A Fife dementia sufferer has spoken about his two-year battle to be given a correct diagnosis.
Chick, 75, who gave only his first name when speaking to NHS Fife Board, said he had been “palmed off” when he sought help for his memory problems.
And his wife, Janette, told board members a doctor had not believed her when she said Chick had gone missing for seven-and-a-half hours without any recollection of where he had been.
Chick said: “I was very annoyed because it felt as if I was being palmed off.
“The doctor, when I went to see him, gave me a memory test that they do.
“It was an insult to your intelligence. He said ‘I can’t find anything wrong with you’.”
Janette said: “At that time we would have been married for 50 years and all of a sudden I’ve got this different person.
“Then he disappears for seven-and- a-half hours and didn’t know where he was.
“I was told it was in my imagination.”
During the meeting at Queen Margaret Hospital in Dunfermline, Chick described how he had memory problems after retiring five years ago.
He said others had alerted him to the fact he had also been behaving unusually.
But he was repeatedly told there was nothing wrong until he was eventually diagnosed with Alzheimer’s two years later.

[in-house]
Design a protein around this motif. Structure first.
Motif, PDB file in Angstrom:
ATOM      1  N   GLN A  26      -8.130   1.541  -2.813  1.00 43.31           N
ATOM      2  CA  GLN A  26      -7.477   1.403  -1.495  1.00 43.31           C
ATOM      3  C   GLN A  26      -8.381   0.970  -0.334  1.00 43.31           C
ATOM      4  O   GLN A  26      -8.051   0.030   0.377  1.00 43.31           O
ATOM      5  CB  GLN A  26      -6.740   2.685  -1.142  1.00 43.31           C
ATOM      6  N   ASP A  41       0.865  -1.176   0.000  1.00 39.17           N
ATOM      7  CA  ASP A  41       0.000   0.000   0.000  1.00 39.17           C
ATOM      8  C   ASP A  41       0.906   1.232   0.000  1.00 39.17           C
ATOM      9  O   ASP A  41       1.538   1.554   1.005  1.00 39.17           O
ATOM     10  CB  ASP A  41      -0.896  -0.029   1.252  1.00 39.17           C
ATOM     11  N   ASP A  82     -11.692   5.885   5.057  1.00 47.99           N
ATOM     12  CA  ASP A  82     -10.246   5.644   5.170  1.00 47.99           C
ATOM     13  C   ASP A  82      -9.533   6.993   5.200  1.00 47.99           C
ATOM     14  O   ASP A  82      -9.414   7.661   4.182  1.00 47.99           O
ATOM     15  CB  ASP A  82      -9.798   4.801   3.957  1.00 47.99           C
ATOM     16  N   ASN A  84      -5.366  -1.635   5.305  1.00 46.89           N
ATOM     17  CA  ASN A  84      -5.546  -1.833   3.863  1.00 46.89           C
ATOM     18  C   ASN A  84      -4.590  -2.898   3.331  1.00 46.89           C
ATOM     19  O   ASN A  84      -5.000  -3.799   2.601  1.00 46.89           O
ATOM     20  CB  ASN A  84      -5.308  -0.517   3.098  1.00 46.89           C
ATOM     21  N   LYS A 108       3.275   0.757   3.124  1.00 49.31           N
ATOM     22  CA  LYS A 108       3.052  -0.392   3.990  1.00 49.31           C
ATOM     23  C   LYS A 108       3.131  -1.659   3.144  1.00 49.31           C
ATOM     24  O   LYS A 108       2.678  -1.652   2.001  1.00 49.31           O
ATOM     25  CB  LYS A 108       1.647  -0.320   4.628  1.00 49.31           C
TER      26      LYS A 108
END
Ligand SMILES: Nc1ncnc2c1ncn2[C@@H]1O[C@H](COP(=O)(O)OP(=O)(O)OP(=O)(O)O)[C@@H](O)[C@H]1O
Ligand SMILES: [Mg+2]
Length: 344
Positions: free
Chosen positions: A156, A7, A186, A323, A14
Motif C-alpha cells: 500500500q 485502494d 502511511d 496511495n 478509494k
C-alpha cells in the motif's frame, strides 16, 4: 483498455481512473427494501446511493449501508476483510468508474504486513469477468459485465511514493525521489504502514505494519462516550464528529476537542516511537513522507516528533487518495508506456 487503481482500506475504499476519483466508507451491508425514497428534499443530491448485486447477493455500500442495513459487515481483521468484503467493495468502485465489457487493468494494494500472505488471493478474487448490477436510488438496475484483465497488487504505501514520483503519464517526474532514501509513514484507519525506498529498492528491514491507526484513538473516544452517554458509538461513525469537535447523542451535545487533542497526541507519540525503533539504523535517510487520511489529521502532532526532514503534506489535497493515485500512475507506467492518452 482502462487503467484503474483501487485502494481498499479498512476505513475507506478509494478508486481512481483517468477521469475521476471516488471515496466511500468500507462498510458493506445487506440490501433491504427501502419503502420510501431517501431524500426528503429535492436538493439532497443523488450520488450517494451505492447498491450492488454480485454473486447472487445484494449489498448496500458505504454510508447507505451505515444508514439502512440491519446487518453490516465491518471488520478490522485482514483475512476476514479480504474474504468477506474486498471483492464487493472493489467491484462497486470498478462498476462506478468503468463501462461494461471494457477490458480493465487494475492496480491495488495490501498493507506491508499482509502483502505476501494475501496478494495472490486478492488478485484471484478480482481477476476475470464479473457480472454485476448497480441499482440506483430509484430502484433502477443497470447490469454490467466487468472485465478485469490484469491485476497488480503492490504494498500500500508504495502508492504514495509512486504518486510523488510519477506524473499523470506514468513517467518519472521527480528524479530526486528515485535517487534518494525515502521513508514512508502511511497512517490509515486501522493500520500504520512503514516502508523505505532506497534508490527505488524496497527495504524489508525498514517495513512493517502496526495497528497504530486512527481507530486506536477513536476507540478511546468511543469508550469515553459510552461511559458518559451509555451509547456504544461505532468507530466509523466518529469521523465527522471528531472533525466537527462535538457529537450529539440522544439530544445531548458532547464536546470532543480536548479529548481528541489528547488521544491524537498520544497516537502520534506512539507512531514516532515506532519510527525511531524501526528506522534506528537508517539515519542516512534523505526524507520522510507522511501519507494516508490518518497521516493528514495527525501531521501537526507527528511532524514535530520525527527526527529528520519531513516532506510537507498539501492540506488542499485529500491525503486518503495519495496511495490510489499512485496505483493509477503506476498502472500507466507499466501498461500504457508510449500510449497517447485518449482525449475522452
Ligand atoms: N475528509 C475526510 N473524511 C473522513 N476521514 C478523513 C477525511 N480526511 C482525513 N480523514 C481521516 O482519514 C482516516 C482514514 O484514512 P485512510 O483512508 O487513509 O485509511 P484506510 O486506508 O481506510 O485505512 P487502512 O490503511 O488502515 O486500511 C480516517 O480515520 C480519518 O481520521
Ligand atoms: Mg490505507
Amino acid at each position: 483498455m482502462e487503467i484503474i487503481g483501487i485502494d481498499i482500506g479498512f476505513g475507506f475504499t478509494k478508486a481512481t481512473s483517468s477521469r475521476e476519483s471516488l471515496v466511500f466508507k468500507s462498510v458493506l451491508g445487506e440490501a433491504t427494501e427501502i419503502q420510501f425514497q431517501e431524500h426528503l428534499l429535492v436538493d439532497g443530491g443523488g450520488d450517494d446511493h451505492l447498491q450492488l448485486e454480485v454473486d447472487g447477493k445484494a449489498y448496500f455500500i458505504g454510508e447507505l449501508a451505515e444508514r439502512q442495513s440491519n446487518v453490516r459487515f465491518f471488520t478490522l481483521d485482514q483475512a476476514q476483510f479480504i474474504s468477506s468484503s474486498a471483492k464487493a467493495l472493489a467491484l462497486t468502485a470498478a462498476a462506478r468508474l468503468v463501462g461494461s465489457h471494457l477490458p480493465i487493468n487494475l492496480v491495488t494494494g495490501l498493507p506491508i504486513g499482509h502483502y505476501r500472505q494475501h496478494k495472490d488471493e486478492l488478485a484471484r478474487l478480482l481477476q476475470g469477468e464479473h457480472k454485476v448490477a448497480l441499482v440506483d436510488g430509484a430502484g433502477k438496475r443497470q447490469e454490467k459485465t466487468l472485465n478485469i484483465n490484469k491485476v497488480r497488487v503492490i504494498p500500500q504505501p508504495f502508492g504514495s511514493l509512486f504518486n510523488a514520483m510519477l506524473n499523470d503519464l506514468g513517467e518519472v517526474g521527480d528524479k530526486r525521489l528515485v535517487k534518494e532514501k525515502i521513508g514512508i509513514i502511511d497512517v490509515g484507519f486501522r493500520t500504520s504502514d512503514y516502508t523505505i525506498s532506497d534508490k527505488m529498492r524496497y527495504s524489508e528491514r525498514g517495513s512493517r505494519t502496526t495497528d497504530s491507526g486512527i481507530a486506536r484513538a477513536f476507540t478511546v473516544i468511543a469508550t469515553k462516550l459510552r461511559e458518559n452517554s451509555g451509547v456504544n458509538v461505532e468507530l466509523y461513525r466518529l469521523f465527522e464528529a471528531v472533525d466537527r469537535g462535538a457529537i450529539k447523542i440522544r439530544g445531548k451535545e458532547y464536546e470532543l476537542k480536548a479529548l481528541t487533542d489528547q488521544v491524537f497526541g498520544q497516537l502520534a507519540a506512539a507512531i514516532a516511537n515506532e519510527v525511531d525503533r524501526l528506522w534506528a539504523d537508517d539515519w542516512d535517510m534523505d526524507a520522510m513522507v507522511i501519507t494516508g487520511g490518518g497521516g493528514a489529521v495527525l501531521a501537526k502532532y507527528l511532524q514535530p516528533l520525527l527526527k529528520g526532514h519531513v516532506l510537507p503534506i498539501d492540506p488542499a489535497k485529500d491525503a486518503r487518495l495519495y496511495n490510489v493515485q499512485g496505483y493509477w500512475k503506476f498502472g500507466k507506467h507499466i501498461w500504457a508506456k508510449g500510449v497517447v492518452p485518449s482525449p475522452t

The couple said they were left to return home in a state of shock with little explanation of the diagnosis.
Chick said: “I felt nothing had been explained about the condition.
“What I knew about Alzheimer’s wasn’t really good press. This diagnosis of Alzheimer’s is absolutely terrifying.”
Janette added: “There should have been somebody there. When the three professionals left, it was obviously the end of their shift.
“It was ‘here’s your hat, here’s the door, bye-bye’.
“There was nobody there at all, but I believe that has changed now.”
NHS Fife chairman Allan Burns invited the couple back at a later date to hear the board’s plans for improving support for patients with dementia.
“This is clearly a major issue for us,” he said.
“I think there is a lot more we can do.”
Non-executive board member Alison Rooney said: “This doesn’t need initiatives. It’s just basic human kindness.
“If you are about to deliver that blow to somebody, you don’t just deliver it and walk out the door.
“Even if somebody was going off shift, 15 minutes of extra time to sit with these people would have made a big difference to them.”
Non-executive director Rhona Laing said the problem was not restricted to dementia cases.
Councillor Andrew Rodger highlighted the fact around 6,000 people were living with dementia across Fife.